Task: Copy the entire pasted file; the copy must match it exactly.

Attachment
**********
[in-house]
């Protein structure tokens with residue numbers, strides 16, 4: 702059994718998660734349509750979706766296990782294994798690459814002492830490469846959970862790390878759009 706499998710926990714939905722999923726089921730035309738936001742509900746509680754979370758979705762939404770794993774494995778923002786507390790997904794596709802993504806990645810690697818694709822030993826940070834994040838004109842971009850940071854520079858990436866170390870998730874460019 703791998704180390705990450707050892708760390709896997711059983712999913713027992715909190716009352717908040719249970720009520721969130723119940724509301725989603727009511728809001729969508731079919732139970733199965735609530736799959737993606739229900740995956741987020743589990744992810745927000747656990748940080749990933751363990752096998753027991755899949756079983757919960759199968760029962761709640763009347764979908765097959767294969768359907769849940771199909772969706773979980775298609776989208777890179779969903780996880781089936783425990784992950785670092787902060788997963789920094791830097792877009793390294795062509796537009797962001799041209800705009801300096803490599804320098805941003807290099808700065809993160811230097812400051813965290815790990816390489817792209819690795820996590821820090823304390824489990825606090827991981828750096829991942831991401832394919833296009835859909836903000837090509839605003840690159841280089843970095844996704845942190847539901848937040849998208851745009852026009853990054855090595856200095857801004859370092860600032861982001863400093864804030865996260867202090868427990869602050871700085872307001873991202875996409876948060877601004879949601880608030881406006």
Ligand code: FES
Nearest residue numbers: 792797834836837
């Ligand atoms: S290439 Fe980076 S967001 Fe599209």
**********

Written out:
[in-house]
């Protein structure tokens with residue numbers, strides 16, 4: 702059994718998660734349509750979706766296990782294994798690459814002492830490469846959970862790390878759009 706499998710926990714939905722999923726089921730035309738936001742509900746509680754979370758979705762939404770794993774494995778923002786507390790997904794596709802993504806990645810690697818694709822030993826940070834994040838004109842971009850940071854520079858990436866170390870998730874460019 703791998704180390705990450707050892708760390709896997711059983712999913713027992715909190716009352717908040719249970720009520721969130723119940724509301725989603727009511728809001729969508731079919732139970733199965735609530736799959737993606739229900740995956741987020743589990744992810745927000747656990748940080749990933751363990752096998753027991755899949756079983757919960759199968760029962761709640763009347764979908765097959767294969768359907769849940771199909772969706773979980775298609776989208777890179779969903780996880781089936783425990784992950785670092787902060788997963789920094791830097792877009793390294795062509796537009797962001799041209800705009801300096803490599804320098805941003807290099808700065809993160811230097812400051813965290815790990816390489817792209819690795820996590821820090823304390824489990825606090827991981828750096829991942831991401832394919833296009835859909836903000837090509839605003840690159841280089843970095844996704845942190847539901848937040849998208851745009852026009853990054855090595856200095857801004859370092860600032861982001863400093864804030865996260867202090868427990869602050871700085872307001873991202875996409876948060877601004879949601880608030881406006």
Ligand code: FES
Nearest residue numbers: 792797834836837
């Ligand atoms: S290439 Fe980076 S967001 Fe599209």